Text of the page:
The West Virginia University
School of Public Health and Health Sciences & Technology Academy
are collaborating on a project that will facilitate another relationship across
West Virginia — connecting the state’s youth with their communities.
The statewide project, supported by a $525,000 grant from the state Department of Health and Human Resources Bureau for Public Health, aims to reduce COVID-19 health disparities among adults with high-risk conditions such as diabetes and other chronic diseases.
By collaborating with HSTA, WVU researchers are able to engage trusted individuals in rural communities throughout the state and provide experiential learning opportunities for the next generation of health care professionals. A mentoring program implemented through WVU Health Sciences, HSTA helps underrepresented high school students in 27 of West Virginia’s 55 counties enter and succeed in STEM-based undergraduate and graduate degree programs.
“HSTA and its students, teachers, field officers and leaders have been working in West Virginia for a long time and are trusted messengers,” said Ranjita Misra, principal investigator of the project, and professor and Ph.D. program director in the School of Public Health. “Getting youth engaged in public health education provides an opportunity to not only educate them about public health issues, but also to understand and engage in community-based disease prevention and management activities.”
Training programs were held virtually and on the Health Sciences area of campus in Morgantown to teach health navigators how to implement community-based intervention designed to increase knowledge of COVID-19 risk factors, prevention measures and vaccine confidence. The health navigators began working in their communities this fall and will continue their work through May 2023.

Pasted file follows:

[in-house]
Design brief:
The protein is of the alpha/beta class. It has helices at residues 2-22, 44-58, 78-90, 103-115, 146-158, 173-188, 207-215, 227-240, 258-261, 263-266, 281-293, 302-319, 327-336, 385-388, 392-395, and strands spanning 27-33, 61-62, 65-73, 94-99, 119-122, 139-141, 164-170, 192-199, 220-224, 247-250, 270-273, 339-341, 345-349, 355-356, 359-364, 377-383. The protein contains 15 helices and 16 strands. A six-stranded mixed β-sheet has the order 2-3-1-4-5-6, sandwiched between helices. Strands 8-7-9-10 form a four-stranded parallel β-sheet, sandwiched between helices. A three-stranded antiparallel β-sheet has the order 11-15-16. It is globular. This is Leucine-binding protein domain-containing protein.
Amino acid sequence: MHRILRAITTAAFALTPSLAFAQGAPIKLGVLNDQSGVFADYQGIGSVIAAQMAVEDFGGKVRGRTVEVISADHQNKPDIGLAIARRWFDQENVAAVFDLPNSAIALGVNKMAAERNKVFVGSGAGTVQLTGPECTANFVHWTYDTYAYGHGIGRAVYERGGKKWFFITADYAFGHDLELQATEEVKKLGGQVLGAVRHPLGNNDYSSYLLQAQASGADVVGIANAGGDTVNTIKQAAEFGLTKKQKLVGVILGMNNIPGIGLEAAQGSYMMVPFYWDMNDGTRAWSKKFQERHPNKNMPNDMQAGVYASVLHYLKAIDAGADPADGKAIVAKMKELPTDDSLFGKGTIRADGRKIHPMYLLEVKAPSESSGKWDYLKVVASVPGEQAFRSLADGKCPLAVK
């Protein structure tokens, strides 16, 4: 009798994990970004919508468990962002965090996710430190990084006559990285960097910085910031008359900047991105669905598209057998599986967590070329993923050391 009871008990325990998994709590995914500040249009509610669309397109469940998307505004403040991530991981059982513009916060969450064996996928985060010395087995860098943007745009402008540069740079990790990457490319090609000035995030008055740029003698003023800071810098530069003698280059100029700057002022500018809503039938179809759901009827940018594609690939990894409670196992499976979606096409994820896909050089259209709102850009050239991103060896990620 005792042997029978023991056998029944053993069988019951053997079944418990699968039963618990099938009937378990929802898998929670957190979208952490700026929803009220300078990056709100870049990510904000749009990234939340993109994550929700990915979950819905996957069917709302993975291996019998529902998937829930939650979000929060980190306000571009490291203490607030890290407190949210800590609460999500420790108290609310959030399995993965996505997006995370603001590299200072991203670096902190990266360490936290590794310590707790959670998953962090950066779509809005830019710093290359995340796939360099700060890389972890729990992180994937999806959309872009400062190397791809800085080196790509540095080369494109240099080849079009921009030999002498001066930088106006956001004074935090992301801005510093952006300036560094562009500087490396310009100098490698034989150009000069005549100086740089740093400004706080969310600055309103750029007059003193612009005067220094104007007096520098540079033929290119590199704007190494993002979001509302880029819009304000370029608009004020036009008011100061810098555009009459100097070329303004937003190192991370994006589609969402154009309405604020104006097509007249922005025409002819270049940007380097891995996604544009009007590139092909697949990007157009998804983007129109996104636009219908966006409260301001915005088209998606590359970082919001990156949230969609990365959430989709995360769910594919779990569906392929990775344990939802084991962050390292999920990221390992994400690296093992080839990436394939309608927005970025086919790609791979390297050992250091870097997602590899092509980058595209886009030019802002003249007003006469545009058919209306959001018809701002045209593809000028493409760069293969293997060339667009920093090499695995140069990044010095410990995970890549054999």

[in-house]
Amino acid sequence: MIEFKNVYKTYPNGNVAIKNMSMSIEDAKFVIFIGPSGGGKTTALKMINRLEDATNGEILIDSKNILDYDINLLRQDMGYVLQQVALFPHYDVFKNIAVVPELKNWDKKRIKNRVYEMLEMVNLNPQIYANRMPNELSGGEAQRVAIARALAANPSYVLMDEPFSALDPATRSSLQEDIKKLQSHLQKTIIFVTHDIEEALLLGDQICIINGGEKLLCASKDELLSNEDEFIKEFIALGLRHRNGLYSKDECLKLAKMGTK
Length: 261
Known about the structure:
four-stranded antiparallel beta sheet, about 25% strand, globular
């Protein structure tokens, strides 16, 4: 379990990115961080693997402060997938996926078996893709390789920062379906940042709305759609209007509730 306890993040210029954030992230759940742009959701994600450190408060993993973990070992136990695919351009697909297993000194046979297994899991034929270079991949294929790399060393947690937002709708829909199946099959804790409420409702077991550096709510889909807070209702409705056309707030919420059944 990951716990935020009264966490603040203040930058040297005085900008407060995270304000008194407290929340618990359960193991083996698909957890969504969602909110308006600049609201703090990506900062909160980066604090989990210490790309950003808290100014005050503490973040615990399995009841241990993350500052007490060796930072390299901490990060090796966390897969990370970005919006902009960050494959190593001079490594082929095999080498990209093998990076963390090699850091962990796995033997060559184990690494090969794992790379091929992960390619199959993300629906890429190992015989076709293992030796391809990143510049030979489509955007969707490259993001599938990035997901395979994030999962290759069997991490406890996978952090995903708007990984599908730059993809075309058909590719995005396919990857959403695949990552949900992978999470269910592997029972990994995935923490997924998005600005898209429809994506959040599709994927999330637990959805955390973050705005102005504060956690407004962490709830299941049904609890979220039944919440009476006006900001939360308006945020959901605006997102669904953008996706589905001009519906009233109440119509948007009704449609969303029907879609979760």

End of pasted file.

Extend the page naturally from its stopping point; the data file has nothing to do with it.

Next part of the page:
In addition to high school students participating in HSTA, trainees also include undergraduate and graduate students enrolled in the WVU School of Medicine and a student participating in the Appalachian Gerontology Experiences – Advancing Diversity in Aging Research Scholars Program.
“The opportunity to help students gain skills in communication, public health practice and education, and even research, at their age has been so rewarding,” said Brenna Kirk, a member of the training team and doctoral candidate in Public Health Sciences. “Their energy and genuine interest in learning is so inspiring. They give us great confidence in the potential this project has, not only for the communities these students will serve, but also in the students' personal and professional growth as well.”
The first of the two-part training session focuses on educating the navigators in public health competencies related to diabetes, COVID-19, primary prevention, social determinants of health, epidemiology, community asset and resource mapping, health communication, decision-making and ethical dilemmas. Trainees then receive hands-on practice using a tablet-based research system, and complete mock interviews and case studies to simulate encounters they may experience while contacting members of their community.
“The health navigators are engaging in an educational intervention through conversational discussion,” Misra said. “After recruiting adults with chronic disease in the communities where they live, navigators share short videos about COVID-19 featuring local experts, discuss commonly asked questions and myths, complete the post-intervention survey, and provide participants with useful handouts and test kits.”
Health navigators will then complete analysis on the data collected and prepare a symposium presentation on their research.
Upon completion, the initiative will help combat the lack of research that evaluates the impact of COVID-19 health disparities in adults with diabetes and co-morbid chronic conditions in rural West Virginia and equip the state’s youth to be resource leaders in their respective communities.
MEDIA CONTACT: Nikky Luna
Director of Marketing and Communications
WVU School of Public Health